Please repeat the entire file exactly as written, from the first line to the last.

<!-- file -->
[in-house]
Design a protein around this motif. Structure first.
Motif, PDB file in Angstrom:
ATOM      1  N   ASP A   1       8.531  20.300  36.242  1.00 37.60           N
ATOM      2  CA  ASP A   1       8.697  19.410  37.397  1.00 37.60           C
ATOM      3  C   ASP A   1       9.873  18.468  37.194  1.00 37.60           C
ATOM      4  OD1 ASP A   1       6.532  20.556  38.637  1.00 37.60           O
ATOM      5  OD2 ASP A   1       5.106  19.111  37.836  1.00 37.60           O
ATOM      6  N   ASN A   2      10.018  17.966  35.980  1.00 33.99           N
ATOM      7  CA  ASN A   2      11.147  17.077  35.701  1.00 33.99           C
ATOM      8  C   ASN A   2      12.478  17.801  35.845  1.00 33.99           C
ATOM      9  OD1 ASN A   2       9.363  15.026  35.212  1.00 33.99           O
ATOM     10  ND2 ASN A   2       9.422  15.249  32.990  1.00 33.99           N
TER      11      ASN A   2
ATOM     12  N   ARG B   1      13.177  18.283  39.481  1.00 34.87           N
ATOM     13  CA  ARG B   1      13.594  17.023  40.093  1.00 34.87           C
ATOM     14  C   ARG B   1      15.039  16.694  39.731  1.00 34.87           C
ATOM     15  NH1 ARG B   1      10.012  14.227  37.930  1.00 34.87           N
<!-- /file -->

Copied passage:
[in-house]
Design a protein around this motif. Structure first.
Motif, PDB file in Angstrom:
ATOM      1  N   ASP A   1       8.531  20.300  36.242  1.00 37.60           N
ATOM      2  CA  ASP A   1       8.697  19.410  37.397  1.00 37.60           C
ATOM      3  C   ASP A   1       9.873  18.468  37.194  1.00 37.60           C
ATOM      4  OD1 ASP A   1       6.532  20.556  38.637  1.00 37.60           O
ATOM      5  OD2 ASP A   1       5.106  19.111  37.836  1.00 37.60           O
ATOM      6  N   ASN A   2      10.018  17.966  35.980  1.00 33.99           N
ATOM      7  CA  ASN A   2      11.147  17.077  35.701  1.00 33.99           C
ATOM      8  C   ASN A   2      12.478  17.801  35.845  1.00 33.99           C
ATOM      9  OD1 ASN A   2       9.363  15.026  35.212  1.00 33.99           O
ATOM     10  ND2 ASN A   2       9.422  15.249  32.990  1.00 33.99           N
TER      11      ASN A   2
ATOM     12  N   ARG B   1      13.177  18.283  39.481  1.00 34.87           N
ATOM     13  CA  ARG B   1      13.594  17.023  40.093  1.00 34.87           C
ATOM     14  C   ARG B   1      15.039  16.694  39.731  1.00 34.87           C
ATOM     15  NH1 ARG B   1      10.012  14.227  37.930  1.00 34.87           N